For Sipping and Elevated Cocktails

Siete Leguas Tequila Reposado

Nearly all of the bartenders we spoke to will say that this is a must. Says Struthers: “They stay true to making quality tequila AND steadily raising their prices as it becomes more difficult to maintain this dedication.” Marrero says, “There’s something that just feels like home with the blanco.”

Tepozan Tequila Blanco

A small-batch tequila you've probably never heard of and definitely should try and is surprisingly affordable too,” says Struthers.

Maestro Dobel Humito Smoked SIlver

When you want smoke in your margarita, it’s normal to reach for mezcal. Next time, try Maestro Dobel Humito instead which uses agave that’s been smoked with mesquite to impart a subtle smoke flavour.

For Special Occasions

El Tesoro Extra Anejo

“It’s extremely rich with notes of butterscotch and herbs,” says Ximenez.

Don Julio 1942

Easily recognisable in the tall, slender bottle, this very special Don Julio is aged in oak for two and a half years so it drinks a bit more like a smooth whiskey but is still very much a tequila.

Herradura Directo de Alambique

It’s tequila, unadulterated, as if sipped straight from the still. Terroir times one hundred. Hard to find, but worth the quest. You’ll sometimes find bottles at duty free at Mexican airports.

The New Tequila Cocktail Canon

Nothing wrong with your classic margarita, but tequila can make for some of the most dynamic and delicious cocktails you’ll ever have. If you’re up for experimenting, swap in tequila where you would normally use a gin or vodka. (A Bloody Maria bests the vodka-based bloody Mary in my book.) Here’s five essential modern classics.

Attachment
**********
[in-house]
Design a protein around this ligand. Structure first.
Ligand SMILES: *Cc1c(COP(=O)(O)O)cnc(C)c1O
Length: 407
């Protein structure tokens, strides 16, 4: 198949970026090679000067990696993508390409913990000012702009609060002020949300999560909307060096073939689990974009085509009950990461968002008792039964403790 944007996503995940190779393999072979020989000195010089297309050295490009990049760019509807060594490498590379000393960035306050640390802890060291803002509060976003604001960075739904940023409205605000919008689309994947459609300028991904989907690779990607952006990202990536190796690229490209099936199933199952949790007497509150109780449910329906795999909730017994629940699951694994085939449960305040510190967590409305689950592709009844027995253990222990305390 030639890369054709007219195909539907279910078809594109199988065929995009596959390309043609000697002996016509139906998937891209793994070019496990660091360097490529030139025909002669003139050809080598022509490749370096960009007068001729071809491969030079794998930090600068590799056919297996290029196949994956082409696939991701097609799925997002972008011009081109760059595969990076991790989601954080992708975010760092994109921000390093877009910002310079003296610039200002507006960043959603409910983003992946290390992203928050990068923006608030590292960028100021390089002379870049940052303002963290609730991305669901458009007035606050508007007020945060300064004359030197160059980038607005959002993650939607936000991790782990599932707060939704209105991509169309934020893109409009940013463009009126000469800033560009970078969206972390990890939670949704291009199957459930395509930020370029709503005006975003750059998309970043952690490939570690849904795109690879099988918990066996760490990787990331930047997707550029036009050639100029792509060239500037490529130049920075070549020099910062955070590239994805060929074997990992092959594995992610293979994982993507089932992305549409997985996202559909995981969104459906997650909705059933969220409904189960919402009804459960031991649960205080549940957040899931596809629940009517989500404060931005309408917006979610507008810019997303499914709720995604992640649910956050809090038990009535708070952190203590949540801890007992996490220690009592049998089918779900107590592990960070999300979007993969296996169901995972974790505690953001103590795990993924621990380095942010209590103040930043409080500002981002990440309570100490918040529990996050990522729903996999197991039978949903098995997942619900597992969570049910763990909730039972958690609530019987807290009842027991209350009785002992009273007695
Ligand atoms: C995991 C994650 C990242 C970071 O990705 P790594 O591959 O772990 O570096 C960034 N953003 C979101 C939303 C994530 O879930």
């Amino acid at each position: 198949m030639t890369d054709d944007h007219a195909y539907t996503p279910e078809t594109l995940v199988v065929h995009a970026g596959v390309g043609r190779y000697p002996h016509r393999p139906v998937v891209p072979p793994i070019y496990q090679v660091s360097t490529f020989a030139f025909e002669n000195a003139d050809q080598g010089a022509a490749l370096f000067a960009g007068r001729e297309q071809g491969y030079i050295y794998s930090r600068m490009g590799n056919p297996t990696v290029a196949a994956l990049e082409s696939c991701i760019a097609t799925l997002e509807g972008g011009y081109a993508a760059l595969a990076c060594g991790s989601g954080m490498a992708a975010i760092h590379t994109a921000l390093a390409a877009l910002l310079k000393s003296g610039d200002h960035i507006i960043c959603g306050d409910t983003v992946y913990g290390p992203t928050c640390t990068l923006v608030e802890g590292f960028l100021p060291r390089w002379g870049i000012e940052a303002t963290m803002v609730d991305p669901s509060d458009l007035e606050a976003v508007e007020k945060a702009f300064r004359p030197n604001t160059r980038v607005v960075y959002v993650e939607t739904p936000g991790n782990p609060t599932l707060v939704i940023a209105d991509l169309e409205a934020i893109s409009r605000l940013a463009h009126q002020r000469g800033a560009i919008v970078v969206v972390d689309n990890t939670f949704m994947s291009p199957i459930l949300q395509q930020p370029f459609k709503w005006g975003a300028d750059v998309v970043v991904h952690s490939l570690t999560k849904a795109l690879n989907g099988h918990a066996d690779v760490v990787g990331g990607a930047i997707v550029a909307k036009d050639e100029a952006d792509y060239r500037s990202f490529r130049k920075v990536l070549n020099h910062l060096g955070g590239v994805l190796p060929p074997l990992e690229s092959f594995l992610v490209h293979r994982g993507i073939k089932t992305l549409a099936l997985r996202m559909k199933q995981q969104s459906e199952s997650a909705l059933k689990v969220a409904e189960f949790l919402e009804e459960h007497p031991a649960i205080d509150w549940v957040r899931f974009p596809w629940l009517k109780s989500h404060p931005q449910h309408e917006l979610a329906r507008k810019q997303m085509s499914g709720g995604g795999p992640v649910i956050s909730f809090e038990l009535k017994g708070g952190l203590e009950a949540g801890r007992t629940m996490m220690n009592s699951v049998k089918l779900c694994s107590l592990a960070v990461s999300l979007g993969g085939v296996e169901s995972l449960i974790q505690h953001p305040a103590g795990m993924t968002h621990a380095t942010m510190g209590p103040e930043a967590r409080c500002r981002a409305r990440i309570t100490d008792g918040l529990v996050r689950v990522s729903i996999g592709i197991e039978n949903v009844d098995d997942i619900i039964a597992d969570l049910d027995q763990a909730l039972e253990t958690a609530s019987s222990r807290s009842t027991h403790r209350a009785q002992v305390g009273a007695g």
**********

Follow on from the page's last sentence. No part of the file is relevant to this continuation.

The Daiquiri Alternative


(by Kaite Stipe, 2006)

Campari, grapefruit, and lime make this a cocktail light and bright enough to crush yet bitter enough to sip, too.

1 1/2 ounces tequila blanco

3/4 ounce lime juice

1/2 ounce grapefruit juice

3/4 ounce simple syrup

1/4 ounce Campari

Shake with ice. Strain into a coupe. Garnish with a lime wheel.

A Spritz that Came to Party


Traditionally made with Squirt soda from Mexico, this is the fun-loving combination that you’ve been missing all of your life.

2 ounces tequila

1/2 ounce lime juice, freshly squeezed

Grapefruit soda, chilled, to top

Add tequila and lime juice to a glass, and fill with ice. Top with grapefruit soda, and stir briefly. Garnish with a lime wheel.

The Superior Margarita

Tommy’s Margarita

(by Julia Bermejo, circa 1989)

Who needs triple-sec in a margarita? Swap that out with a touch of agave syrup, and you’ve got something light, bright, sour (and less calorie-dense) than margaritas that you always thought were too damn sweet.

2 ounces 100% agave tequila

1 ounce fresh lime juice

1 ounce agave nectar syrup (1 part agave nectar to 1 part water)

Shake ingredients with ice and strain into a cocktail glass.

A Touch of Tiki


(by Guiseppe Gonzalez)

If you swap out triple sec for orgeat (almond syrup) and add a dusting of nutmeg, you have a cool-weather margarita.

2 ounces blanco tequila

3/4 ounces lime juice

3/4 ounces orgeat

2 dashes rose water.

Shake with ice and strain into a rocks glass with ice. Garnish with freshly ground nutmeg.

For the Whiskey Drinker

Oaxacan Old Fashioned

(by Phil Ward)

If you're a scotch person who thinks they don’t like tequila. This will change your mind. While I’ve seen many folks skip the mezcal and go for a full two ounces of aged tequila, that’s essential if you want that smokey touch.

1½ ounces reposado tequila

½ ounce mezcal

1 teaspoon agave nectar

1 dash Angostura bitters

Stir with ice and strain into a rocks glass with ice. Flame an orange peel twist over glass. Discard.

Easy Margarita Upgrades

We know you’re still going to make margaritas. Here’s five simple tips to make them even better:

1) Don’t use table salt. The grains are too small. Go kosher or sea salt. Smoked salt if you want to get fancy. Tajin, the Mexican fruit seasoning can be revelatory.

2) Fresh lime juice. If you’ve been using store-bought lime-juice, we feel bad for you.

3) Try it up. On the rocks is great on a hot day. But the tequila really shines, and is downright elegant when served in a chilled coupe every once in a while.